By Jeffrey H. Birnbaum
Monday, July 31, 2006; A13
Take This Job and Ship It:
How Corporate Greed and
Brain Dead Politics Are
Selling Out America
Thomas Dunne Books, 288 pp., $24.95
What would happen if the opposition party actually chose to oppose the one in power? Not just on the margins, but by rejecting outright the majority party's fundamental beliefs on trade and tax policy?
Sen. Byron L. Dorgan (D-N.D.) urges Democrats to take on Republicans in just that way in his new book, "Take This Job and Ship It: How Corporate Greed and Brain Dead Politics Are Selling Out America." He makes a politically compelling -- if economically questionable -- case.
Dorgan, a master of partisan rhetoric, puts his debating skills to good use in spinning out anecdotes that make free trade and corporate tax breaks seem cruel to the average citizen. He clearly hopes to instruct fellow Democrats how to ride a populist wave if one were ever to form.
Democrats are deeply divided, of course, about whether to adopt his advice. Many prefer pro-business, pro-trade positions that distinguish them a little from the GOP, but not a lot. A growing number of others, however, are in Dorgan's radical camp. They think the way to finally win is to just say "No."
Depending on how low President Bush's job-approval ratings go, Dorgan might be on to something. His book is worth reading if only to see in detail how a reenergized Democratic Party might act.
Its first tenet would be to buck the economic consensus about the wisdom and inevitability of globalization. Dorgan disparages the elites' blind faith in markets to produce positive financial results. Instead, he concentrates on the human toll that cheap labor has exacted on low- and middle-income families.
He describes well the personal hardship felt by loyal workers when factories for such iconic U.S. products as Fig Newtons, Levi's jeans and Radio Flyer wagons moved abroad. After Huffy bikes closed its plant in Celina, Ohio, Dorgan writes, employees left shoes in empty parking spaces to deliver the message, "You can move our jobs to China, but you're not going to be able to fill our shoes."
The senator does more than tug the heartstrings. He recommends a litany of solutions, including repealing a tax break that encourages the outsourcing of jobs overseas, prohibiting imports from countries that abuse their workers and setting a ceiling on our trade deficits.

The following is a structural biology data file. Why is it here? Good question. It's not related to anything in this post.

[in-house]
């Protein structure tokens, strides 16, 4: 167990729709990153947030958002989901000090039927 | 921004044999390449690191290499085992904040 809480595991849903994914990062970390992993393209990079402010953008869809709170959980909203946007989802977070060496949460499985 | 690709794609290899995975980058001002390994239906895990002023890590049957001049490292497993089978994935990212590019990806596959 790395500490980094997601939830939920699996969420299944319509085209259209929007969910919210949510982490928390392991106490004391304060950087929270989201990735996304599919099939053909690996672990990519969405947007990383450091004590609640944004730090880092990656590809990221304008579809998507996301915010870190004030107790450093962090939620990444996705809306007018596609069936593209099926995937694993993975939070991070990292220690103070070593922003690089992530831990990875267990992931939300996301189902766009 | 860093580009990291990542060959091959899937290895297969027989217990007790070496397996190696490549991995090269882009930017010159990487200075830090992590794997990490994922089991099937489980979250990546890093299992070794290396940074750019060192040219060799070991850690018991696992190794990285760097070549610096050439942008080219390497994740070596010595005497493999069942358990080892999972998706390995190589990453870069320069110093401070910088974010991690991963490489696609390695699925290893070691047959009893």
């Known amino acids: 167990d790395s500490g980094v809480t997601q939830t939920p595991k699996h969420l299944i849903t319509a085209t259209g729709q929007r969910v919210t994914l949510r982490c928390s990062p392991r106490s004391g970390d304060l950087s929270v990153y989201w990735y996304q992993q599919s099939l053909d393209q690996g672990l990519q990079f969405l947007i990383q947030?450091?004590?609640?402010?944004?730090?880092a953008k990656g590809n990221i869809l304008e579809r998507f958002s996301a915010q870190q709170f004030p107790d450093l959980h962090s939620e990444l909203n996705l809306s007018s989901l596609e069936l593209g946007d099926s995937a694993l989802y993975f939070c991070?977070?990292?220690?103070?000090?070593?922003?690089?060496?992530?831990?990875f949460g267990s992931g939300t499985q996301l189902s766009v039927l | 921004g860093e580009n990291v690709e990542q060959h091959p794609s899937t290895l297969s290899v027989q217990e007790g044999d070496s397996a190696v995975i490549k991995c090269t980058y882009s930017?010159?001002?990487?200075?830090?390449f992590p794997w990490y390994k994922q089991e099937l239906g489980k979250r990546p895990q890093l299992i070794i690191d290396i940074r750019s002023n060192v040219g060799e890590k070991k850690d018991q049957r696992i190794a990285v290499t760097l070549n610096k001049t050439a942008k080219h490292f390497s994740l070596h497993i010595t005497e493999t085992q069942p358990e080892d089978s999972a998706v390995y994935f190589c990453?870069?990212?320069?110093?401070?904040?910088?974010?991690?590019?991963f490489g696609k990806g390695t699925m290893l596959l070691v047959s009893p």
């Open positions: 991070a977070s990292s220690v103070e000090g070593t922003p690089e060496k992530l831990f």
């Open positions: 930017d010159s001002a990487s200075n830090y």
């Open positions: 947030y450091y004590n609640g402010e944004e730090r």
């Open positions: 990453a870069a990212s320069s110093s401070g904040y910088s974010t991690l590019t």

He would stop approving free-trade agreements of the kind that have flowed through Congress in recent years. Democratic and Republican administrations alike have embraced such pacts (NAFTA for North America and CAFTA for Central America, for example) as the only way for the United States to prosper over the long run in an interdependent international economy.
Dorgan rejects that thinking as injurious to American workers, the people whose well-being, he says, should be the focus of federal policy. The title of his final chapter says it all: "Flat World? No, Flat Wrong!"
To Dorgan, big corporations are the villains and labor unions the saviors. "I understand that big is not always bad, and small is not always beautiful," he writes. But, he adds: "If the shoe fits, wear it. And it damn well better be American-made."
He blames many of the nation's woes on the avarice of large multinational companies -- a tack that few politicians, dependent on campaign contributions, are willing to take these days. He also bashes lobbyists, which is for him a somewhat hollow declaration. His wife, Kimberly Olson Dorgan, is the chief lobbyist for the American Council of Life Insurers.
Dorgan heaps particular scorn on pharmaceutical and oil companies. He accuses drugmakers, for instance, of bending the country's laws in ways that hurt consumers and bloat their bottom lines. In response, he would repeal laws that bar the government from negotiating with pharmaceutical companies for lower prices and that prohibit the importation of less-expensive prescription drugs from countries such as Canada.
These are not the freshest of ideas, particularly coming from a liberal Democrat. But Dorgan delivers them with real sting. He claims, for example, that Tommy G. Thompson, then-secretary of the Department of Health and Human Services, told him privately that Dorgan was "right" to favor allowing prescription drugs to cross into this country -- a position at odds with that of Thompson's boss at the time, President Bush.
Dorgan also sounds what has become a major rallying cry for the political left -- a full-throated assault on the nation's largest retailer. "Wal-Mart," he writes, "is the poster child for what has gone so terribly wrong in this global economy." He complains that the company "trades American jobs for cheap foreign labor" and "pushes wages down here in the United States."
"Take This Job and Ship It" is Dorgan's effort to spread that kind of populism beyond his prairie home.
Birnbaum covers lobbying and politics for The Washington Post.